ABDI: Oh, thank you so much. And thanks for having me.

YOUNG: Was that really the first time you met Tom Hanks?

ABDI: That was the first time I met Tom Hanks. And he was really nerve-racking.

YOUNG: Nerve-racking for you. But apparently, he says you scared him. What were you thinking in that scene?

ABDI: You know, I was thinking what the character was thinking, what this person got through to, you know, came to where he's at.

YOUNG: Let's hear a little more of that scene - Tom Hanks, Captain Phillips - you have broken into the engine room - he's trying to fool you by saying that the ship was broken down. Let's listen.

(SOUNDBITE OF MOVIE, "CAPTAIN PHILLIPS")

TOM HANKS: (As Captain Phillips) We got a problem. We pushed the ship too hard. We're off the grid. That means the computer is now offline.

ABDI: (As Muse) Captain...

HANKS: (As Captain Phillips) The ship's broken.

ABDI: (As Muse) Captain, no one get hurt if you don't play no game.

HANKS: (As Captain Phillips) It's - the ship's broken. The - we had to go...

ABDI: (As Muse) Nobody gets hurt. Easy.

YOUNG: Just how did Tom Hanks and director Paul Greengrass help you become the Oscar-nominated actor that you are?

ABDI: You know, Tom Hanks is someone that I admire and someone that I love their work. So that gave me the push. And, you know, Paul Greengrass believed in me before I believed in myself - just calmed me down and just always find a new way to solve the obstacle that we have in that day.

YOUNG: Yeah. Like, calm you down, just because, what, you were scared or...

ABDI: Yeah. At the beginning of the movie, I was really nervous. And I was like, you know, am I really going to do this big part? And, you know, he said: You know, just don't think about it. You know, you're going to work at it as a daily basis. And, you know, each day, you do the best at whatever you're doing and don't think about anything.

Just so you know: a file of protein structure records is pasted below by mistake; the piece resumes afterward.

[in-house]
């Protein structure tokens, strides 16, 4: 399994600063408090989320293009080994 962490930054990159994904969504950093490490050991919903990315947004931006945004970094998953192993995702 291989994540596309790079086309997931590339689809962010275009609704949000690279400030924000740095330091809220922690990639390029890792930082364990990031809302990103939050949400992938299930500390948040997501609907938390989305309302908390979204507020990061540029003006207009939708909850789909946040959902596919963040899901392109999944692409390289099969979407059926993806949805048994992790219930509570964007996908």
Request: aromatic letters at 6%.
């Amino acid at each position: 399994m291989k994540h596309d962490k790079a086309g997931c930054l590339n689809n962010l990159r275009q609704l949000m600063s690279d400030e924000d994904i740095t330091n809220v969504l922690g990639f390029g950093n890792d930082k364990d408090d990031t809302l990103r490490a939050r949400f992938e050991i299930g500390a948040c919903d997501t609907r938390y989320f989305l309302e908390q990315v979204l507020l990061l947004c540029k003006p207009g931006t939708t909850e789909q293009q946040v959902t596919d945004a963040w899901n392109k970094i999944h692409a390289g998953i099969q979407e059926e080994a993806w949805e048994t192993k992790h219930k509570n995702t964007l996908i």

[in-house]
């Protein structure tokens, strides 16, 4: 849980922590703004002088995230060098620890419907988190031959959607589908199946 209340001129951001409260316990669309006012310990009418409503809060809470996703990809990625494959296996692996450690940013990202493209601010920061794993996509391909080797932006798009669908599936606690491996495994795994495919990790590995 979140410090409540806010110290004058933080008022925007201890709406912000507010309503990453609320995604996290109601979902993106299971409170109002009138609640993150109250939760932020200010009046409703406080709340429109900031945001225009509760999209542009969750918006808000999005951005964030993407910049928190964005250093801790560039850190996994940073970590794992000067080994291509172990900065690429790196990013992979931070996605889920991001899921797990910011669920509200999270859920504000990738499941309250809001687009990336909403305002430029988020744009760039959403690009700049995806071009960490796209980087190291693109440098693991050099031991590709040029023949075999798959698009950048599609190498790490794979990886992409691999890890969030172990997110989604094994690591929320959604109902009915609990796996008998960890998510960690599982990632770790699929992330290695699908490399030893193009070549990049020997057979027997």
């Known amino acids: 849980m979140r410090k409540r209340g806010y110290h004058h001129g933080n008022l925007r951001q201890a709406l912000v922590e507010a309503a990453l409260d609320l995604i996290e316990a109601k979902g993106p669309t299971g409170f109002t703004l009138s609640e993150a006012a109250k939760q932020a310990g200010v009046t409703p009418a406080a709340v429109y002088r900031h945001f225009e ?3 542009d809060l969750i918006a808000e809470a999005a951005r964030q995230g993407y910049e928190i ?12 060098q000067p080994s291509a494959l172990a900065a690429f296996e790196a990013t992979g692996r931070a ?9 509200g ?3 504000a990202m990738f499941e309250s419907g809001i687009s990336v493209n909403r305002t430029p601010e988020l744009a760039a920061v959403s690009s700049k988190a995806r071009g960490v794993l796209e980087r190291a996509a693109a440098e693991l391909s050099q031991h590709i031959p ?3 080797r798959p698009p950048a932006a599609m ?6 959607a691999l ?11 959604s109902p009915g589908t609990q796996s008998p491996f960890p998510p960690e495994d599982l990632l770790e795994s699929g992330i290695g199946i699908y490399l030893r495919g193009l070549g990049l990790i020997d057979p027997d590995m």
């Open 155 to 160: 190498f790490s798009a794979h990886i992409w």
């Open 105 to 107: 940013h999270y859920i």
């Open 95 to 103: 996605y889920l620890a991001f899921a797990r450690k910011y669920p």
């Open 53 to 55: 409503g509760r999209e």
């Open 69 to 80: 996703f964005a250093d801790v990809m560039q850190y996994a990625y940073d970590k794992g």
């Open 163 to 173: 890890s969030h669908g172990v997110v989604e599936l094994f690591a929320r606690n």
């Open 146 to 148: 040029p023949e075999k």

YOUNG: Well, it's quite something. I mean, you are in almost 100 percent of the film. And let's remind people, the character that you are playing was an orphan from a village in Somali that was constantly being approached by pirates to do this terrible work, and he saw it as his what, his only way out?

ABDI: His - the only way out. And, you know, he's - he grew up in a war-torn country.

YOUNG: Well, so did you. So did you. Many people have heard your story. Born in Somalia and left when you were seven because of the civil war there?

ABDI: Yep. I left there when I was seven years old - for the civil war - to Yemen. My dad was a teacher in Yemen.

YOUNG: Yeah.

ABDI: And I lived in Yemen for another seven years, then came to the States.

YOUNG: So you weren't there for the recent history of the Somali pirates. What memories do you have of Somalia?

ABDI: You know, I have good memories and bad memories of Somalia. You know, I remember the peaceful days, the beautiful Mogadishu. I remember when the war happened. And just overnight, it just turned chaos, and dead people everywhere and gunshots don't stop. And you hear a woman getting raped. It's both sides.

YOUNG: Yeah. Did that memory fuel some your acting?

ABDI: You know, you can say that. You know, you can relate - you can visualize something that you see.

YOUNG: I'm thinking, too, that had your family not gotten out, there's a good chance you could have been that kid in an encampment, preyed upon by pirates.

ABDI: You just never know.

YOUNG: But instead, you move with your family to Minneapolis where there's a huge Somali population, become a driver, a limo driver, and hear about these auditions, you know? What prompted you to say, I'm going to go?

ABDI: I love directing. I was working on my own stuff for the last few years and...

YOUNG: You were doing some directing, some film directing?

ABDI: Yeah. Music videos, short films. And I see this opportunity. When they came to my neighborhood, I decided to go there and give it a shot.